Handwritten notes and cards from Ithaca elementary students.

Cards from school kids brighten days in quarantine

“You got this!” “You are strong.” “We care about you!”

Over the last month, Cornell students in COVID-19 quarantine and isolation housing have received hand-made cards with these and other encouraging messages from local elementary school children as part of a Cornell Health initiative to boost student well-being.
"The quarantine process can be very lonely,” said Parker ’21, an Arts & Sciences student. “When I received the card I was happy to hear someone else was thinking of me. It was so heartwarming that I took a picture of it so I would never forget.” 

Cards and crafts created by local elementary students for quarantined Cornell students.

Staff members at Cornell Health communicate daily with students in quarantine and isolation housing due to a COVID-19 diagnosis or exposure to help monitor and provide guidance for physical symptoms. They also help support students’ mental health by compiling daily wellness activities and providing free Let’s Talk consultations and therapist-led workshops. For this most recent initiative, Susan Geisler, director of physical therapy, and Amy Sucheski-Drake, clinical director of sports medicine, reached out to local elementary schools to partner on a creative project that school children could participate in to support their older counterparts at Cornell.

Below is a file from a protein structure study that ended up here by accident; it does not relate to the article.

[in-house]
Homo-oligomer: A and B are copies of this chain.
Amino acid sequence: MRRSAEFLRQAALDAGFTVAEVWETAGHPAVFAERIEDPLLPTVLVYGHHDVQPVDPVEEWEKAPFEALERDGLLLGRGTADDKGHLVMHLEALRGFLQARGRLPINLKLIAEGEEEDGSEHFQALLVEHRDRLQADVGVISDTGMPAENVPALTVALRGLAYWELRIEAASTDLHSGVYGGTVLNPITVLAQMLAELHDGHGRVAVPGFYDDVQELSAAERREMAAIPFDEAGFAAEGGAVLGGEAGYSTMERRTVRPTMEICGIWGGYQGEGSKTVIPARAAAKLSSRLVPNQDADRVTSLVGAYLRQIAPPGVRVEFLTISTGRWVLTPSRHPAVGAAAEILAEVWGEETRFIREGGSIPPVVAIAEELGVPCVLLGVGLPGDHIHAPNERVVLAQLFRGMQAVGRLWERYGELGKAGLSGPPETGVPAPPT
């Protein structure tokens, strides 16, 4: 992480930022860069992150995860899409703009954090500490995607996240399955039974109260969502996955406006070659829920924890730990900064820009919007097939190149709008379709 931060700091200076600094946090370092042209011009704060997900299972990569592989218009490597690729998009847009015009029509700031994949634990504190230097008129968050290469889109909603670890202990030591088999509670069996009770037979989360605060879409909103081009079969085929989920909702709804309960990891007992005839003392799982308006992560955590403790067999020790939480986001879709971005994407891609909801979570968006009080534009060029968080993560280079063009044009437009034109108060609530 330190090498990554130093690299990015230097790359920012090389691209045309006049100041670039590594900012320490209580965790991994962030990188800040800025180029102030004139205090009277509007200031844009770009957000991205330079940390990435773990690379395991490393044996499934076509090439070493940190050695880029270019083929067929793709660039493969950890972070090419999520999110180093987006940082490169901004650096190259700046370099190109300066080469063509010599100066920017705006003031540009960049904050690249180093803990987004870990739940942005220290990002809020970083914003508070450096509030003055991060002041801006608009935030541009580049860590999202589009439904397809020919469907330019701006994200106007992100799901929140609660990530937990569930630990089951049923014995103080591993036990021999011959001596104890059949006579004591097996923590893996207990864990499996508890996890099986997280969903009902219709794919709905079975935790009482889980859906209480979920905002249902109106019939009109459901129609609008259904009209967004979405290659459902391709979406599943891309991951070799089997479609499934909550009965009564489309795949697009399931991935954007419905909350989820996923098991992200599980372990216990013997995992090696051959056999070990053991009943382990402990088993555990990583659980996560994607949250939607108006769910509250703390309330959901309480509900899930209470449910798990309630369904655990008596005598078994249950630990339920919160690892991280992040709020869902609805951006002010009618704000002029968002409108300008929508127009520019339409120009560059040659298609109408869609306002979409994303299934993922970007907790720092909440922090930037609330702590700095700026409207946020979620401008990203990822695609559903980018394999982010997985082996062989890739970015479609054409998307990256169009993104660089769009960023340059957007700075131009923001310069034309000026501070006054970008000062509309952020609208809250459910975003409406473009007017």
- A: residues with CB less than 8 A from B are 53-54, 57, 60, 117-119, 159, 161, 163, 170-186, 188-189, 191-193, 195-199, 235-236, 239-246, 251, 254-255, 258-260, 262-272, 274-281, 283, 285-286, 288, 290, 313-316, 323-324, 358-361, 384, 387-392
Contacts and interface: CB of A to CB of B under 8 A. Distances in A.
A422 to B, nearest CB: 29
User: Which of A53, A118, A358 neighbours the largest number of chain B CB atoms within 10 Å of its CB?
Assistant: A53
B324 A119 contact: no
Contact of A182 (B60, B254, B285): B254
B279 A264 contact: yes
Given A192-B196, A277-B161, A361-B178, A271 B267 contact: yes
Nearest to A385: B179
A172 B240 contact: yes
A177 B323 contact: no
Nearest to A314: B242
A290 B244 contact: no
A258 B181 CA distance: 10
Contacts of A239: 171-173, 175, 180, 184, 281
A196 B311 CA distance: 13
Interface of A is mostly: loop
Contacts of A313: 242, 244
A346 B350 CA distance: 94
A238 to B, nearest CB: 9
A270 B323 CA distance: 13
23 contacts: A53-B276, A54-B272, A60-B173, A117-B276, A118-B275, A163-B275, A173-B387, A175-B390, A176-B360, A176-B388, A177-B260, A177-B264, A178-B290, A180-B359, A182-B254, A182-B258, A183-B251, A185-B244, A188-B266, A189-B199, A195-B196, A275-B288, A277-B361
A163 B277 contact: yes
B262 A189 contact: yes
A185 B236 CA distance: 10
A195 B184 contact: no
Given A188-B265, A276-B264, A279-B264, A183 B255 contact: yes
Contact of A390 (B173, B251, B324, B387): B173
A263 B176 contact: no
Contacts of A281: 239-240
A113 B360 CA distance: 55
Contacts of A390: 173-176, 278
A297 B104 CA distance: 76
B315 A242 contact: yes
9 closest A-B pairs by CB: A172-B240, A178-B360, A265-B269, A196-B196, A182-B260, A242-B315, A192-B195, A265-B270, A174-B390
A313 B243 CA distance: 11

Susan Geisler, Director of Physical Therapy, and Dr. Amy Sucheski-Drake, Clinical Director of Sports Medicine display cards created by elementary students.

“It has been inspiring to see the kids giving positive encouragement and empathy, as many of them are studying virtually as well,” said Dr. Sucheski-Drake. “We even received a card to lend support to some of the healthcare workers.”  
Feelings of loneliness are widespread during the pandemic, and additional efforts are underway to facilitate community connections. Geisler, Sucheski-Drake, and their colleagues have connected with the Cornell University Childcare Center to provide an opportunity for Cornell students in isolation and quarantine to volunteer remotely with children through reading, music, and dance. With the end of the pandemic not yet in site, staff are also expanding the volunteer program to include other local schools as well.

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